30 Minute Mozzarella

30 Minute Mozzarella

By 18 September, 2015

Mozzarella is a tricky cheese to make for most cheesemakers but this one is a stunner, according to Debra Allard of Cheeses Loves You.
Debra is an Australian cheesemaker currently visiting Slow Food Cheese in Bra, Piedmont in north-west Italy.
"Make sure you use fresh cows milk, fresh citric acid and rennet.  If you don't live close to a dairy, purchase unhomogenised milk from the supermarket," she advises. This is a fast cheese and can be hit and miss. As with everything, practice makes perfect. The recipe is from Home Cheese Making by Ricki Carroll (page 134).
Make sure all your equipment is spotlessly clean and that you have a thermometer to hand.
Or watch Debra making it on YouTube:
Part One Making Mozzarella Part 1
Part Two Making Mozzarella part 2



Heat the milk to to 13˚C.  Add  the dissolved citric acid. Stir for one minute with a long stainless steel slotted spoon.
Keep stirring and bring the temperature up to 32˚C.
Add the rennet and stir for two minutes.
Cover milk with a lid and leave for five minutes. Check the curd, it should look like custard with a clear separation between the curd and the whey. If the curd is too soft then leave a few more minutes.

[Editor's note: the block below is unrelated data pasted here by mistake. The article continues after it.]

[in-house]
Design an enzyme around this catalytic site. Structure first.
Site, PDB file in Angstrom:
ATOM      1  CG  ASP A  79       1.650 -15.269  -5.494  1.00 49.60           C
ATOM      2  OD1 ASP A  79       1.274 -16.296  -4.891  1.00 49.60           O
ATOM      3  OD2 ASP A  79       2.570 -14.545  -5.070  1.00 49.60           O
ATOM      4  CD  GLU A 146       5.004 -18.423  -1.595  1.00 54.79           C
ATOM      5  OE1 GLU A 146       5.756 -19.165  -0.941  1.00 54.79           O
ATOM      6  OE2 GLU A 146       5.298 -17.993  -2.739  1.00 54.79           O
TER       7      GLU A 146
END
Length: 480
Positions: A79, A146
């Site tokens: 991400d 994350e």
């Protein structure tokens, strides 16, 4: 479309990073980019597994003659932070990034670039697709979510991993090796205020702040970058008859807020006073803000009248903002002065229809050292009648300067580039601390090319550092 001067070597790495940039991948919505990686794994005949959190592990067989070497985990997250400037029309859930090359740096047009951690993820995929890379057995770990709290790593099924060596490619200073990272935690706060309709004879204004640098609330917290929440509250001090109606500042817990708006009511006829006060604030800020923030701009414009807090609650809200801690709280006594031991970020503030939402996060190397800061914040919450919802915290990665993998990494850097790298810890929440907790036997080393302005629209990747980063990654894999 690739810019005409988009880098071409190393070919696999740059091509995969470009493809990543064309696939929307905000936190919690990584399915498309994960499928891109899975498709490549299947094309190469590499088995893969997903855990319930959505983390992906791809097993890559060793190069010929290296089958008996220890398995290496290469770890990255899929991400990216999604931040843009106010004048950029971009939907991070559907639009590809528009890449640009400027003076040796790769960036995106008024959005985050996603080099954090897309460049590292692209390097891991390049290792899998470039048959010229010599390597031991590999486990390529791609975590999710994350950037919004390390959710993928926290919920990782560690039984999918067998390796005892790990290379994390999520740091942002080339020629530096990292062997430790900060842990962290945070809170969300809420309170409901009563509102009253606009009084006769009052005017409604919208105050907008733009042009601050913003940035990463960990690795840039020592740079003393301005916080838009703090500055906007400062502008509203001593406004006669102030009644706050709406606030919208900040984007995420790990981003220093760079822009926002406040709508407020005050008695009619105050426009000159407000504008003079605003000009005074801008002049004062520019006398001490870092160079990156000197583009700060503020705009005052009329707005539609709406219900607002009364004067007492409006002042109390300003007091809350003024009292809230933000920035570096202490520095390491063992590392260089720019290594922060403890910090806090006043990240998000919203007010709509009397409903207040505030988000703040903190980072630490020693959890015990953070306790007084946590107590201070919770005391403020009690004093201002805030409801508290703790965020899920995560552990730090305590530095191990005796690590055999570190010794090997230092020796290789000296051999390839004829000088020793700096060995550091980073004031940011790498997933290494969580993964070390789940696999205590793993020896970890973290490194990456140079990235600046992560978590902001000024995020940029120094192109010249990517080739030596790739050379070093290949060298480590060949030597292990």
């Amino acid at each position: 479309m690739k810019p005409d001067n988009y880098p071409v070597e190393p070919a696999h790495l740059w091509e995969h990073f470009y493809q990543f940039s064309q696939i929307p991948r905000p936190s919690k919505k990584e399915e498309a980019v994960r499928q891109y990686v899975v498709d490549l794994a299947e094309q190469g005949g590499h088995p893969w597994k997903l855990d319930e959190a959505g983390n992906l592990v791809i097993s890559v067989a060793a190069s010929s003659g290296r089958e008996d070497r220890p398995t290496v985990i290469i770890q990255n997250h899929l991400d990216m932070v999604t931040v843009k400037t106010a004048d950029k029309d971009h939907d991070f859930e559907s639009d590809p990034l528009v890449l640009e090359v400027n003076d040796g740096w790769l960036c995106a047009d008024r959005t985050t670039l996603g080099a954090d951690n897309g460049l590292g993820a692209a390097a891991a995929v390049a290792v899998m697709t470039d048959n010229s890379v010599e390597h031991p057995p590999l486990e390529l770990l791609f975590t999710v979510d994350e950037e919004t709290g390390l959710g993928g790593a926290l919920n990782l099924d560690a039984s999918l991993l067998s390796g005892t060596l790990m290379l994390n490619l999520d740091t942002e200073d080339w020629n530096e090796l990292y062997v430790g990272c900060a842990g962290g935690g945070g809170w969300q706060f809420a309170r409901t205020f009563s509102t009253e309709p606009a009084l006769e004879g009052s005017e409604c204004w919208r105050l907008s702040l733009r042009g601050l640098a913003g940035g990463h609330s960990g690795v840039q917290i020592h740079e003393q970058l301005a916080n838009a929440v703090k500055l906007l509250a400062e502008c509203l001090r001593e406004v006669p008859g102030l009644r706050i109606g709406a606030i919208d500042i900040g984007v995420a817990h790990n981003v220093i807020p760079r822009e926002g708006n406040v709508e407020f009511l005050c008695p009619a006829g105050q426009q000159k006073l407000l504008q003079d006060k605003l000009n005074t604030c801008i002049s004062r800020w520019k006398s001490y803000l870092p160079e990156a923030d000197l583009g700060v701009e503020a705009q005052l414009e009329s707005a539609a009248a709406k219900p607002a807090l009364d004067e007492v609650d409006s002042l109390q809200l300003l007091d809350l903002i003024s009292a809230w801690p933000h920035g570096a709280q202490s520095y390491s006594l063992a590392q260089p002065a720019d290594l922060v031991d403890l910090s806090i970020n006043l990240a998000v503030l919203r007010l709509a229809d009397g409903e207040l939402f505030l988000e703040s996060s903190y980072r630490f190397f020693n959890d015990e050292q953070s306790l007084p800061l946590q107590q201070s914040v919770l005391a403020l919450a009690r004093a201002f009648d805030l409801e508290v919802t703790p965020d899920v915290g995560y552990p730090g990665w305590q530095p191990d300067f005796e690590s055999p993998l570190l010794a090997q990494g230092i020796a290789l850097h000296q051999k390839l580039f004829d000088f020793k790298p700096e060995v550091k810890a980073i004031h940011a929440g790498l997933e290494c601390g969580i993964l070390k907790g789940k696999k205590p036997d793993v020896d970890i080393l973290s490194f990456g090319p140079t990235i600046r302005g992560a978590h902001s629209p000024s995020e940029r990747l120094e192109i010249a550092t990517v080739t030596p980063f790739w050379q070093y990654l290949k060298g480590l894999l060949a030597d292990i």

Cut curds into 2 cm cubes using a long slotted stainless steel spoon and, gently stirring, move the curds around with the spoon until the temp reaches 40˚C.
Remove from the heat and continue to stir slowly for two minutes.
Scoop out the curds with the slotted spoon and spoon into a microwavable bowl. Press the curds gently with your hand and pour off as much whey as possible.
Microwave the curd on HIGH for 1 minute. Drain off whey and gently fold the cheese over and over with your hand or spoon. This distributes the heat throughout the cheese, which will not stretch until it is too hot to touch. (63˚C inside the curd).
Microwave two more times for 35 seconds each, add salt to taste and knead to distribute the heat after each heating.
Using rubber gloves stretch the curd until it is smooth and elastic. When the curd stretches like toffee it is ready. If the curd snaps and breaks it needs to be heated again.
Form a neat ball and drop into ice cold water or eat while warm. After an hour take ball out of water and place in a zip-top top bag. Consume within a week.
Note: If not using a microwave: heat the whey to 80˚C, add a sprinkle of salt and then add the curd, using thick rubber gloves. When the curd starts to knit stretch in the curd and form into balls as above.


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